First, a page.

Amherstburg Soccer Club aligns with Vardar Windsor soccer program



By Ron Giofu


Soccer players in Amherstburg have improved their chances of development as players and people thanks to a new partnership.

The Amherstburg Soccer Club (ASC), which operates the Amherstburg Fusion travel programs as well as the house league soccer program at Larry Bauer Park and the Libro Centre, have affiliated with Vardar Windsor Premier Soccer Club as of 2018. ASC president Terry Sawchuk was thrilled with the new partnership.

“(Vardar) chose (Amherstburg) as their home base even before this partnership,” Sawchuk explained. “For us, this is huge. We’ve never had these kinds of resources before.”

The announcement was made last Saturday with Vardar Windsor president Lorenzo DiSalvo, technical director Rob Arce and coach Max Samsa.

Sawchuk said the Amherstburg Soccer Club is growing and as of last Saturday morning, had 482 players signed up. The partnership with Vardar has produced two new programs, the first of which is a U4 program that will be played Saturday mornings.

“Rob just felt it was important to work with the kids at a young age, just to make soccer fun,” said Sawchuk.

Sawchuk said he is “extremely excited” by the launch of the all-girls program. He noted that as enrolment in minor soccer expands, statistics show that 45 per cent of new players are girls.

“It’s the first time we’ve ever run it in Amherstburg,” said Sawchuk. “We felt it was a time to offer a program to help develop the girls.”

The Amherstburg Soccer Club (ASC) has affiliated with the Vardar Windsor Premier Soccer Club. From left: Vardar Windsor president Lorenzo DiSalvo, Vardar coach Max Samsa, Vardar and ASC technical director Rob Arce and Amherstburg Soccer Club president Terry Sawchuk.

Arce – whose licenses include one from Argentina and others from Futsal-AMF and the U.S. national soccer program – will also become technical director with the Amherstburg Soccer Club and work with coaches as well as players at both the house league and travel levels.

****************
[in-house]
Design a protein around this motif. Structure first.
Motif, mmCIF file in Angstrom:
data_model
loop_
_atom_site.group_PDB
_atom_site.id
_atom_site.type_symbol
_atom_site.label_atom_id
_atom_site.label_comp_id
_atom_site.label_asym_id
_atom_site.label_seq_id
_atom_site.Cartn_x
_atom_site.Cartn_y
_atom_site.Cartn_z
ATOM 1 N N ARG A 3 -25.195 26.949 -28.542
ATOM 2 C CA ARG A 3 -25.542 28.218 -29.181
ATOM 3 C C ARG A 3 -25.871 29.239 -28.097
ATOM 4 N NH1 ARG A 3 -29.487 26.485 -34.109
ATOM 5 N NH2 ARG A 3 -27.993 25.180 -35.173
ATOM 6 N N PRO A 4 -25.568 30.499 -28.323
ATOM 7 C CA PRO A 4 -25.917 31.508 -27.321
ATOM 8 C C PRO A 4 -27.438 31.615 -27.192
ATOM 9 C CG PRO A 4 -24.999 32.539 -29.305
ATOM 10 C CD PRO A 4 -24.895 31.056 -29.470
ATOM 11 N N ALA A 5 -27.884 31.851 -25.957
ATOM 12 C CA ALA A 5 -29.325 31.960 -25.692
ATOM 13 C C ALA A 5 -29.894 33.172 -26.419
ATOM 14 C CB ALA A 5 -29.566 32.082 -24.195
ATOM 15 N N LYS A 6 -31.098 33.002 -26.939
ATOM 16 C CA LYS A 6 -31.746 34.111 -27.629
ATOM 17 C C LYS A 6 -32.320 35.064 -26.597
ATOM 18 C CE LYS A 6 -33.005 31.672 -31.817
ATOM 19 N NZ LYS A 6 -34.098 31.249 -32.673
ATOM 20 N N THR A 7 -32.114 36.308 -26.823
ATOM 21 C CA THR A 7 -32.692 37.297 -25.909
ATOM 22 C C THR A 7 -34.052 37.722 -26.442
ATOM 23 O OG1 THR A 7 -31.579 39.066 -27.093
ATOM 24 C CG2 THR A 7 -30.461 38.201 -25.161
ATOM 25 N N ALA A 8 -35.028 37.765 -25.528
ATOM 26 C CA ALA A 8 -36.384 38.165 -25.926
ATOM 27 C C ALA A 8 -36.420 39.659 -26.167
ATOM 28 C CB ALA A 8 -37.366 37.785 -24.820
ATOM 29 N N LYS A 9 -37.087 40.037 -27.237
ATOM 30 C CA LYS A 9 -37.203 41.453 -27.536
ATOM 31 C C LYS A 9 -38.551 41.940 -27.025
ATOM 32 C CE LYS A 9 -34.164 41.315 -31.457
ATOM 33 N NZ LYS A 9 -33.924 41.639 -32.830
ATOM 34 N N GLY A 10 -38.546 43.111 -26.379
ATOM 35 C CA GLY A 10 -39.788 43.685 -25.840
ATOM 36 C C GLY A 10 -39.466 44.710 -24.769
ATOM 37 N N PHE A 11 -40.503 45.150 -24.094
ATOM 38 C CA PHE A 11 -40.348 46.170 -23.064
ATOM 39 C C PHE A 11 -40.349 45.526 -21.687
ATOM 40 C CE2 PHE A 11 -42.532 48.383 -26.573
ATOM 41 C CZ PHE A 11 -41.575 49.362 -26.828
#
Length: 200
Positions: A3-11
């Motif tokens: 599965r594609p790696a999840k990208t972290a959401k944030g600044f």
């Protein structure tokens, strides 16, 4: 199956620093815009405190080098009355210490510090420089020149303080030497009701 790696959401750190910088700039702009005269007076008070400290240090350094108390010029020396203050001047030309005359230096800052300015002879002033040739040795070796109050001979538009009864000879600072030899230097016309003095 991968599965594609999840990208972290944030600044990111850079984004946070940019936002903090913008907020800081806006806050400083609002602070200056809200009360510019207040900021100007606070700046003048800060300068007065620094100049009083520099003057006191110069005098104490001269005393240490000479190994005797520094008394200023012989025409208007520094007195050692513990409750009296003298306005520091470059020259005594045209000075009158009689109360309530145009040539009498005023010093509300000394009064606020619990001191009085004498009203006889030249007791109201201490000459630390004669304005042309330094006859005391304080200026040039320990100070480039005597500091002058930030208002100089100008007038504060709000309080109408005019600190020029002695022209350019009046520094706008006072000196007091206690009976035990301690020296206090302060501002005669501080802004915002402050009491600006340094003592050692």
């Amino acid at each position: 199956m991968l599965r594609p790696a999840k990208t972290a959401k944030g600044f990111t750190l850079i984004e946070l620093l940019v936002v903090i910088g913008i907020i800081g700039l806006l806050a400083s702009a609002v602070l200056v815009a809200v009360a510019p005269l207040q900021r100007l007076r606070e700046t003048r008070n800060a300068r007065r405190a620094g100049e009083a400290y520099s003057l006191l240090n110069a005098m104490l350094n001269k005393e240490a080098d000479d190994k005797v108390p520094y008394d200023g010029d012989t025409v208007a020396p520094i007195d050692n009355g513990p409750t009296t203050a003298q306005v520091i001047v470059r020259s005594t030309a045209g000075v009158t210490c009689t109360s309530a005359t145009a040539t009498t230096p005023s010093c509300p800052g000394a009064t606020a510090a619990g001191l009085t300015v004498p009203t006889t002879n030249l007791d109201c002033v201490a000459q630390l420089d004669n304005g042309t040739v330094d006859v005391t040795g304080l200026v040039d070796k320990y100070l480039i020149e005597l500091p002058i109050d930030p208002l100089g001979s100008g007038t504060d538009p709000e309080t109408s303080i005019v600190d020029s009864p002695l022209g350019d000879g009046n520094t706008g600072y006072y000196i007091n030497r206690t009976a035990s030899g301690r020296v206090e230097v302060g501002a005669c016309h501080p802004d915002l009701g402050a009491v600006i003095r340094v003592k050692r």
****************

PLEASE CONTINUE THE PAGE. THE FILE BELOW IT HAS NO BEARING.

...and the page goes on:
“If we develop the coaches, we’ll develop the players,” said Sawchuk.

The project will start as a five-year initiative and Arce said the Vardar program offers nutritionists, psychologists, training and other features that local players could have access to. He added they want to create a “Fusion DNA” in which Amherstburg players will be known for. The plan is to develop “flex players” that will be “in your face, high pressure, technically sound players when we have the ball,” with Arce saying the goal when they don’t have the ball being to recover it as quickly as possible.

Samsa said they are not reinventing the wheel with the flex-style model “but we are inflating the tire” and developing local players. He said that soccer is a much different sport with a different style than hockey or football, so a player should be prepared to devote many hours to developing the soccer skillset if they wish to improve.

“We want them to buy into a philosophy,” said Arce.

Vardar Windsor also collaborates with Betty Bavagnoli, an Italian coach and former women’s national team member.

Vardar has clubs across the world, including Windsor, and is highly regarded. Over the five years it has been in Windsor, five players from the region have achieved athletic scholarships. DiSalvo said they can’t promise players anything but said they will help develop them and not just on the field, either.

“We’re trying to develop people,” said DiSalvo. “We’re trying to develop the person, not just the player.”

Sawchuk said whereas Amherstburg used to lose players to other areas, they now can keep players in Amherstburg due to the development of the Fusion program. He believes more will come in with the Vardar affiliation, which now allows players to develop further in Amherstburg.

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